Until Johnny Knoxville and his inane Jackass shenanigans knocked it out of the number one spot earlier this week, Gravity, Alfonso Cuaron's acclaimed drama about astronauts lost in space, reigned supreme at the box office. For three weeks straight, Gravity took in more money than any other film out in theaters, amassing nearly $200 million domestically and earning a spot on the list of highest-grossing movies of the year. Seeing as Gravity is a thriller with elements of sci-fi and suspense, i.e. genres known for their box office prowess, it might not seem so surprising that it's found such success. That is, until you remember something that makes Gravity's staying power so remarkable; unlike most blockbusters, Gravity was made for adults.
Starring two adult-loved movie stars, one of whom is 49 (Sandra Bullock) and the other 52 (George Clooney), Gravity was never meant for the kids. Sure, the studio probably expected it'd do well financially, but the primary audiences of films starring actors of that age who aren't Liam Neeson is typically not made up of teenagers. No, Gravity was made for the grown ups, and the fact that it's doing so well financially is astonishing, because generally, movies for adults don't find box office success.
Sure, there are exceptions — 2009's It's Complicated, 2012's Hope Springs — but these movies are few and far between, and the ones that do end up doing well are usually comedies. The realistic adult drama, with its serious subject matters and middle-aged stars, is a dying genre. Or so it seemed, at least before 2013.
The success of Gravity, along with the box office triumphs of other recent grown up films such as Lee Daniels' The Butler and 42, has made 2013 a happy anomaly for the movies. This year, a movie about a white house butler did better than Pacific Rim; Tom Hanks' Captain Phillips, which still has weeks to earn millions in theaters, has already exceeded the profits of the fifth Die Hard movie. And the rest of the year looks even more promising, with the just-released 12 Years a Slave, along with the highly anticipated releases of Labor Day, Saving Mr. Banks, and August: Osage County — all adult dramas, and all expected to do well at the box office.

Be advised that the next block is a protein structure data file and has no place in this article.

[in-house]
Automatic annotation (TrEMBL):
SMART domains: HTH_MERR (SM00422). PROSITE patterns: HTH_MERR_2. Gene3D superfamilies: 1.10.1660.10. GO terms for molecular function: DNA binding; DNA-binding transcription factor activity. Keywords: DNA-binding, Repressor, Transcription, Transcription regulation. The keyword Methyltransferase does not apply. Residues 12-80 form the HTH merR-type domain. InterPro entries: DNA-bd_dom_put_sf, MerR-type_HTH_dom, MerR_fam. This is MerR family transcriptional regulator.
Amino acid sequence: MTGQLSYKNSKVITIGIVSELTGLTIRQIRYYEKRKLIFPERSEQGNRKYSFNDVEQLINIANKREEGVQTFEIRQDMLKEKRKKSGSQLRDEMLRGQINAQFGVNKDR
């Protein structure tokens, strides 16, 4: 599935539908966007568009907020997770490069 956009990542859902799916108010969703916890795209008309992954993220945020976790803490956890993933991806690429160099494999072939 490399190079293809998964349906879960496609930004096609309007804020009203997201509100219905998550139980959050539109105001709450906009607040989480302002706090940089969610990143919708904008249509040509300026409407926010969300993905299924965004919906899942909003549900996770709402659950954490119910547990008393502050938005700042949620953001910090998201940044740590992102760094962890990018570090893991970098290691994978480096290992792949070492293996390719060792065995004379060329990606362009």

So what does this mean for Hollywood? Hopefully, that studio executives are finally realizing that audiences are tired of their condescension. There's nothing wrong with the occasional superhero epic or sci-fi thriller, but when seemingly every movie that's out there is marketed to teenage boys, something needs to change.
Adults deserve movies too, and when they get them, they respond; if half of the action movies released each year got the box office returns that a Meryl Streep comedy or a Tom Hanks drama almost always guarantees, the studios would be thrilled beyond belief. Yet despite the fact that grown up movies make money, studios are hesitant about producing them.
Thankfully, the tides seem to be turning. The roster of adult dramas slated for the coming months is exciting, and promising of a future where smart, realistic movies routinely find critical and commercial success. And with momentum building around the lasting success of Gravity, the Oscar chances of 12 Years a Slave, and events such as AARP's Movies for Grownups Film Festival, a four-day-long festival featuring some of the winter's most highly anticipated movies for adults, it looks like finally, the grown up drama is getting its chance to shine.